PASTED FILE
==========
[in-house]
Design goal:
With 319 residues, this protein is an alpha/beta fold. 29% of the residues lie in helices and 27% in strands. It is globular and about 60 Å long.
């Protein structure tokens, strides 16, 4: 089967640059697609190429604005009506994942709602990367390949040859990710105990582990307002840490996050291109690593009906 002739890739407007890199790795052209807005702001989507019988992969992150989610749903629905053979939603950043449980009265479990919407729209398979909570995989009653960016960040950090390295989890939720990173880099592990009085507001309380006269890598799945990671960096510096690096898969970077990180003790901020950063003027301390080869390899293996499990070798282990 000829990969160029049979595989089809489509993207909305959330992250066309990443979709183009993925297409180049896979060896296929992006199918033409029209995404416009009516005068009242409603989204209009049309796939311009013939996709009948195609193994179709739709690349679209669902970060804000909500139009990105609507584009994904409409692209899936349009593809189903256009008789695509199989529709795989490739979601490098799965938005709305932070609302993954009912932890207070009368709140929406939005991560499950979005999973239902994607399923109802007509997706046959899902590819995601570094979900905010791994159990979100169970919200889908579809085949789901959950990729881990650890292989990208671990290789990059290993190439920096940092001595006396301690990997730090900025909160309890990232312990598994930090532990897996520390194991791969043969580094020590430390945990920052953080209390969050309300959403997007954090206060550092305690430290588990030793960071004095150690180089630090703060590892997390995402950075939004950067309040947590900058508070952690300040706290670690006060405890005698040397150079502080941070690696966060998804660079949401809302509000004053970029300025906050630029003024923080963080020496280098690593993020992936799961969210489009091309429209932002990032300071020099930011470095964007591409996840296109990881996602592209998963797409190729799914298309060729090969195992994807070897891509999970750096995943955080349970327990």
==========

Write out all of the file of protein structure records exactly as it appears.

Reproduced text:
[in-house]
Design goal:
With 319 residues, this protein is an alpha/beta fold. 29% of the residues lie in helices and 27% in strands. It is globular and about 60 Å long.
């Protein structure tokens, strides 16, 4: 089967640059697609190429604005009506994942709602990367390949040859990710105990582990307002840490996050291109690593009906 002739890739407007890199790795052209807005702001989507019988992969992150989610749903629905053979939603950043449980009265479990919407729209398979909570995989009653960016960040950090390295989890939720990173880099592990009085507001309380006269890598799945990671960096510096690096898969970077990180003790901020950063003027301390080869390899293996499990070798282990 000829990969160029049979595989089809489509993207909305959330992250066309990443979709183009993925297409180049896979060896296929992006199918033409029209995404416009009516005068009242409603989204209009049309796939311009013939996709009948195609193994179709739709690349679209669902970060804000909500139009990105609507584009994904409409692209899936349009593809189903256009008789695509199989529709795989490739979601490098799965938005709305932070609302993954009912932890207070009368709140929406939005991560499950979005999973239902994607399923109802007509997706046959899902590819995601570094979900905010791994159990979100169970919200889908579809085949789901959950990729881990650890292989990208671990290789990059290993190439920096940092001595006396301690990997730090900025909160309890990232312990598994930090532990897996520390194991791969043969580094020590430390945990920052953080209390969050309300959403997007954090206060550092305690430290588990030793960071004095150690180089630090703060590892997390995402950075939004950067309040947590900058508070952690300040706290670690006060405890005698040397150079502080941070690696966060998804660079949401809302509000004053970029300025906050630029003024923080963080020496280098690593993020992936799961969210489009091309429209932002990032300071020099930011470095964007591409996840296109990881996602592209998963797409190729799914298309060729090969195992994807070897891509999970750096995943955080349970327990």